FORT PIERCE, Fla.- — Fort Pierce City Commissioners voted Monday night to give the City Attorney permission to use every legal tool necessary to begin exploring alternatives to the Humane Society of St. Lucie County as an animal services vendor.
That includes having the City Attorney review any breaches of contract on behalf of the shelter in their lease and contract.
City leaders said Fort Pierce, Port St. Lucie and St. Lucie County are at an impasse with the Humane Society of St. Lucie County in negotiating a future partnership.
The Humane Society of St. Lucie County is asking for nearly double the funds they receive from the municipalities, which city leaders say is too much to ask for.
The Humane Society of St. Lucie County has argued they do not receive a fair share of funds from the municipalities compared to shelters in neighboring counties.
Code Compliance Manager Peggy Arraiz said Monday night that the Humane Society of St. Lucie County raised just $103 from fundraising in 2019.
Shelter management has said “without more money, we can not continue...The jurisdictions and the community need to rally for the sake of the animals or our doors will close as an open admissions shelter.”
To continue negotiations, officials from the three municipalities asked the shelter to provide the results of an operational review from Best Friends Animal Society, which was to give recommendations to the shelter on how to improve animal care, shelter operations, staffing, and money management. Officials also asked for the conclusion of an audit, a projected budget, and updated business plan.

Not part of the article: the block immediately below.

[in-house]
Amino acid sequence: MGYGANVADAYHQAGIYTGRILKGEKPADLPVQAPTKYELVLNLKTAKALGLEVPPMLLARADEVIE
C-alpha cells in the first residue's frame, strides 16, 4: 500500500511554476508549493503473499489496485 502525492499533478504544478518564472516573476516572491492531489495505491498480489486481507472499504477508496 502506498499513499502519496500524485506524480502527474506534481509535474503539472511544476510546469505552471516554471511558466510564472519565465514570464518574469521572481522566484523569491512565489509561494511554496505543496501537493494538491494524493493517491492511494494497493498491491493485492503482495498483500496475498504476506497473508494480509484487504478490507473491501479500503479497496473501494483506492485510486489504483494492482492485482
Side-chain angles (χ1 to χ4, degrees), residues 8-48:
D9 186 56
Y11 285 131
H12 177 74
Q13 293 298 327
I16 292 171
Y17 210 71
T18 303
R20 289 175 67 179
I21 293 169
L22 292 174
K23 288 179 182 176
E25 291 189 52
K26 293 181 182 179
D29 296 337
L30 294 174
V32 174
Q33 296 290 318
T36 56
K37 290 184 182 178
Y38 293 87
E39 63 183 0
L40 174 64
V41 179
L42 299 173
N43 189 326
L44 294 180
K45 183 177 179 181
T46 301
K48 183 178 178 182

The shelter said it will not turn over the results of the Best Friends Animal Society review.
The shelter said it would extend the contract for three months if city and county officials would meet with shelter leadership in August. Arraiz said city and county officials are not planning to meet with shelter management, which means the shelter will not seek a contract renewal.
The shelter, in writing, asked the municipalities to make plans for the animals commencing October 1.
Animal advocates say they are glad to see the city taking action to make emergency arrangements for the animals. However, advocate Terri Walden says she has been urging the municipalities to create a backup plan for months, wanting to avoid the last-minute rush.
“I would send emails and say you’ve got 6 months, okay you’ve got 4 months, okay, you’ve got three months and here we are with less than 2 months. We had to give 60 days notice to terminate the lease and we can’t, because we’re within the 60 day period, so yes, there are a lot of things that are very unfortunate, and there are three municipalities that are involved in these errors,” Walden said.
Mayor Linda Hudson said it appears time to end a decades-long relationship. “We’ve had a long relationship with the humane society. It sounds like breaking up is hard to do but might have to happen,” said Mayor Linda Hudson. “This is not your father’s Humane Society that was well funded, lots of people volunteering. It seems to be a different organization…” Hudson said.
Reggie Sessions echoed Hudson’s comments.
“We have to do what we have to do. I think what they’ve done is given us an ultimatum that they knew was unattainable just to say goodbye. So at this point, we have to sever our relationships…” Sessions said.